QUESTION: What’s the best governance axiom you’ve heard—and why?

Wednesday, October 21, 2015

ECFA Financial Management Survey Highlights

Results from the first-ever survey of financial management practices of ECFA-accredited organizations was recently published by ECFA. The executive summary of the ECFA Nonprofit Financial Management Survey 1.0 can be downloaded here on the ECFA website.

Share the “Top 10 Highlights” with your board:

#1. CFO Hats. Chief financial officers wear numerous hats—including financial management. Only 10% of CFOs in the survey devote 100% of their time to the financial management role. Of the other 90%, just under 70% of those CFOs also have administration and/or operations roles. Plus, 21% of this group wear fundraising/development hats—in addition to their CFO hats.

#2. Written Policies. Almost 79% of CFOs said their financial policies are in writing, but only 59% said their most important financial policies are incorporated in a “Board Policies Manual” or other board-approved document.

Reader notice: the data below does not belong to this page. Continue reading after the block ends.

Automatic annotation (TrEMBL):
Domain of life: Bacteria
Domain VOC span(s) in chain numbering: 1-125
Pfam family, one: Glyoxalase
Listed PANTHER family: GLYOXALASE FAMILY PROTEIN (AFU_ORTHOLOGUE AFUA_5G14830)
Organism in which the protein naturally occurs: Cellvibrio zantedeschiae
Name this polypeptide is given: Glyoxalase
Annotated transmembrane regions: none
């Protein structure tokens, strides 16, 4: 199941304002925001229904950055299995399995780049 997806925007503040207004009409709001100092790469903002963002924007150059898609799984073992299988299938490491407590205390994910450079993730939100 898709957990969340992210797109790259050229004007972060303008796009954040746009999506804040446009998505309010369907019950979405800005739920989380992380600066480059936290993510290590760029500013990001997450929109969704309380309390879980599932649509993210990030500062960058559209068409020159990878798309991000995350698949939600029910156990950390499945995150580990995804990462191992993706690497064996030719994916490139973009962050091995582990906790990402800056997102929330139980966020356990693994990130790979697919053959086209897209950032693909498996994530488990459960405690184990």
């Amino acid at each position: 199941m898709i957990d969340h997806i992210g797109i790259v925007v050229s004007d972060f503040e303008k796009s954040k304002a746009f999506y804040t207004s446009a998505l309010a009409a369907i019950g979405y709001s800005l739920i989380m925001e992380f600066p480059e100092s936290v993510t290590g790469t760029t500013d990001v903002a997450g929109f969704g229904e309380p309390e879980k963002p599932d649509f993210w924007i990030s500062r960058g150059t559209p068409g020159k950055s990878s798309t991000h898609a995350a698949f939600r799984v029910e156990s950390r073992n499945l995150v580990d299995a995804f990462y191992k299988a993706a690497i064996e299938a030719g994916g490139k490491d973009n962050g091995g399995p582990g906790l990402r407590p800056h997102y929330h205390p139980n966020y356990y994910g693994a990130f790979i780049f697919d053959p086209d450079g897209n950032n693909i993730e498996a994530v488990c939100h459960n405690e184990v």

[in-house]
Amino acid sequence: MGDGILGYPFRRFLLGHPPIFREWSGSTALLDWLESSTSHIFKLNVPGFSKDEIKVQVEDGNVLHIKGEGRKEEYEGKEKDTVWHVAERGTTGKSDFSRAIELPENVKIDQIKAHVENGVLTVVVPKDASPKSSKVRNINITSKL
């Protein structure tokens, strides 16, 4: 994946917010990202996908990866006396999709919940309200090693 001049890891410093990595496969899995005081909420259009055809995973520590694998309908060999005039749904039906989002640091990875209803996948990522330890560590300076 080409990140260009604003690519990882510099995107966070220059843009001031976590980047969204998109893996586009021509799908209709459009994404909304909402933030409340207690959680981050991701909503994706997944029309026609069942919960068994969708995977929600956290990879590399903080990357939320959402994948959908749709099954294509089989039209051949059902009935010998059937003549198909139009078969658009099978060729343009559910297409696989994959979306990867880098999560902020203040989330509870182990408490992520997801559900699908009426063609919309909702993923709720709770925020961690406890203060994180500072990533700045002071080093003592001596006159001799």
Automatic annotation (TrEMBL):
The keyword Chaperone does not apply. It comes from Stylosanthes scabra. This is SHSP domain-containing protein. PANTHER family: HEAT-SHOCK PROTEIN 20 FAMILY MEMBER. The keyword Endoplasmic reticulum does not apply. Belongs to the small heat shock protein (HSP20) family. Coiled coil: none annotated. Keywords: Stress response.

#3. Financial Policy Trends. CFOs shared 90 comments in response to the question “What is one financial policy trend that you are observing that may have a significant impact on your organization in the future?” 

Trends included upcoming FASB changes, investment and operating reserve policies, authorization levels and thresholds for expenditures, sustainability policies, internal controls for internet protocol (keeping financial information confidential), credit card policies, volunteer policies (and replacing staff with volunteers), requiring performance management of all initiatives including new staff, program policies that impact fees and costs, “the trend to minimize the importance of financial policies,” and pushback by younger staff that there are too many policies.

#4.  ACA. Who is taking the hit on the Affordable Care Act? Responding to their budgeting assumptions about the ACA, almost 73% of ministries have not restructured some of their fulltime positions as part-time positions. Yet, 35% agreed or strongly agreed that employee contributions for health insurance will increase, while another 31% were undecided at this point.